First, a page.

Jan. 10 hip-hop event aftermath taxed police services throughout city
By James David Mitchell -
The Revere license commission and the managers of the Wonderland Ballroom were treated to a case of déjà vu at a continued show cause hearing on Wednesday afternoon at City Hall when the commission voted unanimously to recall the entertainment venue’s closing license back to 1:00 a.m.
The special meeting was held after the commissions regularly-scheduled monthly meeting last week, when the club sought a special One Day Entertainment License for an 18+ Feb. 14 concert by Latin group, Plan B.
But before the commission would even consider a special license, managers of the ballroom were called before the board to address concerns over a Jan. 11 hip-hop dance party that caused additional police officers to go to the ballroom to remove patrons from the venue and parking lot, as well as several incidents, which Revere Police Sgt. Mike Mason felt were a result of a few of the patrons’ actions following the event.
Commission Chairman Joseph Quarantello requested testimony from the officers who were present at the Jan. 11 incident outside the ballroom before hearing from the club manager, who was unable to be present at the previous week’s hearing.
“We could have made 2,000 arrests,” said Mason, recalling the early morning hours outside the Wonderland Ballroom as it emptied out on Jan. 11. “In my 20 years, I’ve never seen so many incidents go on at one time. Our officers showed great restraint. To say the crowd was less than cooperative is an understatement.”
Mason told the commission that despite the club’s security and the additional officers, the behavior of the patrons, combined with his observations of alleged drunkenness and the smell of marijuana, as well as the overall rudeness of the patrons, the scenario could have ended worse.
Patrolman Doug Zingali, who has been providing police details at the ballroom for over 10 years, told the commission that it was ten individuals who were denied entry into the event who caused much of the trouble that night.
“It was a group that was intoxicated that tried to get in,” said Zingali, describing the evening’s events. “They were inappropriately dressed, intoxicated and abusive.”
Commissioner Linda Guinasso, as she did in last week’s meeting, asked why the managers failed to adhere to the license’s closing restriction for all patrons to be off the premises by 2:00 a.m.
Zingali stated that in all the year’s working details at Wonderland Ballroom, the venue has always had patrons out by 1:30 a.m. because the club’s security is responsible for clearing out the patrons. “In the 17 years working details, [police] have never been called more than 10 times,” said the officer. He blamed the number of patrons waiting at the coat-check for the slow exit of party-goers that morning.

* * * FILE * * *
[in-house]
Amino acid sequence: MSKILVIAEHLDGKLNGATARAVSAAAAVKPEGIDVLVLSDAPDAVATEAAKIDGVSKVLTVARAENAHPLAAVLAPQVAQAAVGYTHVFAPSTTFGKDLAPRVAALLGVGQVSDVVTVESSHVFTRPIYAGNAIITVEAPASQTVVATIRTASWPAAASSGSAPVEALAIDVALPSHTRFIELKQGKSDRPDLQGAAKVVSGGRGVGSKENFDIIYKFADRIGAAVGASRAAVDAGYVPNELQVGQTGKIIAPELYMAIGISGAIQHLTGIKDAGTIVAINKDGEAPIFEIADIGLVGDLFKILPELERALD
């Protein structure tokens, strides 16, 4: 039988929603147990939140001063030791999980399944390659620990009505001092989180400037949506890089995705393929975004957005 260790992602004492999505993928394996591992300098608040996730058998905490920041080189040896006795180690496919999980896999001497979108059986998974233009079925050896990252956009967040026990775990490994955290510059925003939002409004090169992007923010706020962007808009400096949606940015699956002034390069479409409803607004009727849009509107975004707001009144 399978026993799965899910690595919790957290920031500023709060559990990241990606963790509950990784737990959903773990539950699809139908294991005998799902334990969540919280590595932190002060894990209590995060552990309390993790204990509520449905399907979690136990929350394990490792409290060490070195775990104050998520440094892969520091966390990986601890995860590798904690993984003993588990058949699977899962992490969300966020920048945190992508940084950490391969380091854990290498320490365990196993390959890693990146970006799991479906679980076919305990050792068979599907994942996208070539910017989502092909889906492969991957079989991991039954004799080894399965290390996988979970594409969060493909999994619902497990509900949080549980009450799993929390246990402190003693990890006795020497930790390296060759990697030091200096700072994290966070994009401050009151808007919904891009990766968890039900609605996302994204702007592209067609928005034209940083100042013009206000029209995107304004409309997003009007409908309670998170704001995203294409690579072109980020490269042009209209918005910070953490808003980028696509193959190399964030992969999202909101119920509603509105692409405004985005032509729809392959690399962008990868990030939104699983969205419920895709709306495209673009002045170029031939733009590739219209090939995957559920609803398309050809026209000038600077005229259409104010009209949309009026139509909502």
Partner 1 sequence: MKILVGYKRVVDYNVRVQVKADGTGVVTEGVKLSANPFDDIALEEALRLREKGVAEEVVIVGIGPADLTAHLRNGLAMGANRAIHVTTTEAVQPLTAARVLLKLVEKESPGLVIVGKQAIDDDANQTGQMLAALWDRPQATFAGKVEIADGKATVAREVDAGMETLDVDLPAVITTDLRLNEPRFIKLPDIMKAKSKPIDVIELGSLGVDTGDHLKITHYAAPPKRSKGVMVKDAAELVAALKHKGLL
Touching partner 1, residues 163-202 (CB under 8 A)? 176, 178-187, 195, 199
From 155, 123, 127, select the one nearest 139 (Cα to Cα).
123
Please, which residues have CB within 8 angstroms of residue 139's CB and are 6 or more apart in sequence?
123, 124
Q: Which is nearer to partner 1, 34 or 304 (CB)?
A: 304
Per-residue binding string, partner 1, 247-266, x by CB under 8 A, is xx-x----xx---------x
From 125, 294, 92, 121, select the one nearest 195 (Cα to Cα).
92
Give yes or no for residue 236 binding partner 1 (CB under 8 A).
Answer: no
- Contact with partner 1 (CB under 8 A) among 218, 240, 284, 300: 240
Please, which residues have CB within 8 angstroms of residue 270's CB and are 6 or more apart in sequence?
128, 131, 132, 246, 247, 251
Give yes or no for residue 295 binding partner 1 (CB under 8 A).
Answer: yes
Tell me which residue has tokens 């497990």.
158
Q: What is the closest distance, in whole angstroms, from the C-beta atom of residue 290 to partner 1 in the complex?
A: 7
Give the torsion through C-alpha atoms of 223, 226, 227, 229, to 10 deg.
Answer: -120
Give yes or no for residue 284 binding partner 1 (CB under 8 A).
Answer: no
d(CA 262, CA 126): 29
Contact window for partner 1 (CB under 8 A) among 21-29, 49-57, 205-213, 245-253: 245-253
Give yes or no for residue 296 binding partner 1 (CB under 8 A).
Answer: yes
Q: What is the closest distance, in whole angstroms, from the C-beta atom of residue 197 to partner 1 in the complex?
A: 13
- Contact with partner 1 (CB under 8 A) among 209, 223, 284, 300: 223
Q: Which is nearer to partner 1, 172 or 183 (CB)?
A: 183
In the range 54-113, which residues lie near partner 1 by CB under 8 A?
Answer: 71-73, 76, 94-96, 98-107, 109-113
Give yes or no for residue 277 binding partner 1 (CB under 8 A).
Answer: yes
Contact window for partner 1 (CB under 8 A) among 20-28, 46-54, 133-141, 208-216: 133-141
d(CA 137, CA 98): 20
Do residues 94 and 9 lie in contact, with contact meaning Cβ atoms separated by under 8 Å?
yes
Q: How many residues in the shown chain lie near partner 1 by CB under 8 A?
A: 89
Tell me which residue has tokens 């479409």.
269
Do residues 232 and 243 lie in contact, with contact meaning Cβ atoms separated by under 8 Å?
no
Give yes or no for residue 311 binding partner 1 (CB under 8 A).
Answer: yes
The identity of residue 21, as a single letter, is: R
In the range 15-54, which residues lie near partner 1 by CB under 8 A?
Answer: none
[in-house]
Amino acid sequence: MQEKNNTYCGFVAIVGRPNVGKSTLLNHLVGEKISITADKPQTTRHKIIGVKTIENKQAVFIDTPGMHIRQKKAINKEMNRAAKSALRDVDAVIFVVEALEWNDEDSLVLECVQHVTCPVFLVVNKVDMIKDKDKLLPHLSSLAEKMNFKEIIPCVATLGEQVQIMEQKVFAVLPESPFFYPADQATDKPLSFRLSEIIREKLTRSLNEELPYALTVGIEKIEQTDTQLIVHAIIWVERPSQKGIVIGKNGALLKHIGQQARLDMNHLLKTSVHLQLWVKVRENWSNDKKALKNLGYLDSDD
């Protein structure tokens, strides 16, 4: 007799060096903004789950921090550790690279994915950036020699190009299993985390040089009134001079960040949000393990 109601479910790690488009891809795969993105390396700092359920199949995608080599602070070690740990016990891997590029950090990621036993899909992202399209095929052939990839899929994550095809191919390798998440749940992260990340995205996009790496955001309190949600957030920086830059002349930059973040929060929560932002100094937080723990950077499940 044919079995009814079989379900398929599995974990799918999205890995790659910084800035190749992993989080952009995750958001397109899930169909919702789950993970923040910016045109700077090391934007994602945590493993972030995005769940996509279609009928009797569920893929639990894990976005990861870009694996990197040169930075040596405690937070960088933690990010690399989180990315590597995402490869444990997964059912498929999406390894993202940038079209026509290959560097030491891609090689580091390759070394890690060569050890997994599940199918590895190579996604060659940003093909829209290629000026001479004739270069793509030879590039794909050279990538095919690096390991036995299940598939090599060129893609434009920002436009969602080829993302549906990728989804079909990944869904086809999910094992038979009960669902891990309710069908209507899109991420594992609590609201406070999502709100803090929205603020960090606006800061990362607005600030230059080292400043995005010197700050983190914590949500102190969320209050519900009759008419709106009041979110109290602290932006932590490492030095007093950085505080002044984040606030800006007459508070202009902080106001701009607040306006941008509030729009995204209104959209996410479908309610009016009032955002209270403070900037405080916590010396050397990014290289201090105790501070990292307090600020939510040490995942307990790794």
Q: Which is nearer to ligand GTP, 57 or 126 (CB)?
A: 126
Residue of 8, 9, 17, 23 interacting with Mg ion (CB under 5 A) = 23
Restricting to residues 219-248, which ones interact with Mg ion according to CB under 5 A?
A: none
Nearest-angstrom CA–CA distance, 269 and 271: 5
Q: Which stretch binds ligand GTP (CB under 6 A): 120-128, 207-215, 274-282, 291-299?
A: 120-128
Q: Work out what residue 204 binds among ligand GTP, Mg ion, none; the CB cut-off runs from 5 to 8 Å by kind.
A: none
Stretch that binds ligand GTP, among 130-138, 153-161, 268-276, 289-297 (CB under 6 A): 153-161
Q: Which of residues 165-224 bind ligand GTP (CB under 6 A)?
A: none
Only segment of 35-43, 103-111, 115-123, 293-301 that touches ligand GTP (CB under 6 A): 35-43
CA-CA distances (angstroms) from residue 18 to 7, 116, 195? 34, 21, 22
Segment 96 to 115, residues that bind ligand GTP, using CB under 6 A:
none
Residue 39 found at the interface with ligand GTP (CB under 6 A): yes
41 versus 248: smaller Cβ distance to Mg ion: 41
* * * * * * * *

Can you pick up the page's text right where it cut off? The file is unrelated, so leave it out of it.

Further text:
According to Zingali, the ballroom employed 14 security personnel and only one police detail officer, himself.
Wonderland Ballroom Manager Charles Delpidio apologized to the commission and the police department, saying he never has any intention of placing police or venue personnel at risk, blaming a bad promoter, then saying that the club can’t be held responsible for what happens when patrons leave an event. “This wasn’t really the crowd we wanted. That promoter will never, ever be back,” he said.
But the chairman wasn’t satisfied with the answer, reminding the manager that he was before the board last month over a 2013 Thanksgiving Eve Haitian concert that caused area police to quell unruly patrons following the event.
“How are you vetting out these promoters?” asked Quarantello, “You were up here a month ago – now here we are again talking about promoters.”
Delpidio said that the ballroom has hosted thousands of concerts – “thousands going through our doors every night,” said the manager. “It pains me to be here.”
But Guinasso wasn’t having it; she said police testimony showed that the club’s patrons created disturbances throughout the city, straining police services and leaving the city unprotected. She said, “We’re not talking about you. We’re talking about the city of Revere and the taxpayers.”
Delpidio said that the club can’t be held responsible for what happens two hours later away from the venue.
Sgt. Mason testified that police were called to several incidents throughout the city immediately following the ballroom event, including two motor vehicle accidents (although one was deemed a blown tire in the parking lot); and a group of inebriated individuals causing a disturbance at a local hotel.
Quarantello summed up the hearing, saying that he believes the club manager has the best intentions with respect to police and patrons’ safety, but he still felt uncomfortable that out of all the establishments, Wonderland Ballroom has all that manpower and can’t close until 2:00 a.m.
“I recommend … closing at 1:00 a.m. for 90 days until May 1 until you can run an establishment,” declared the chairman. The motion was seconded by Commissioner John LaCroix.
The manager asked about the contracts currently in place with customers, including their request for the special one-day license for the Latin concert band Plan B on February 14, which is expected to draw 800 to 1,000 fans.
“It’s unfortunate but this would be the same format,” said Quarantello, referring to the 1:00 a.m. closing. “As long as there are no incidents between now and [May 5], we have no problem going back to 2:00 a.m.,” said the chairman.
The special one-day license for the Feb. 14 concert was passed with the 1:00 a.m. closing.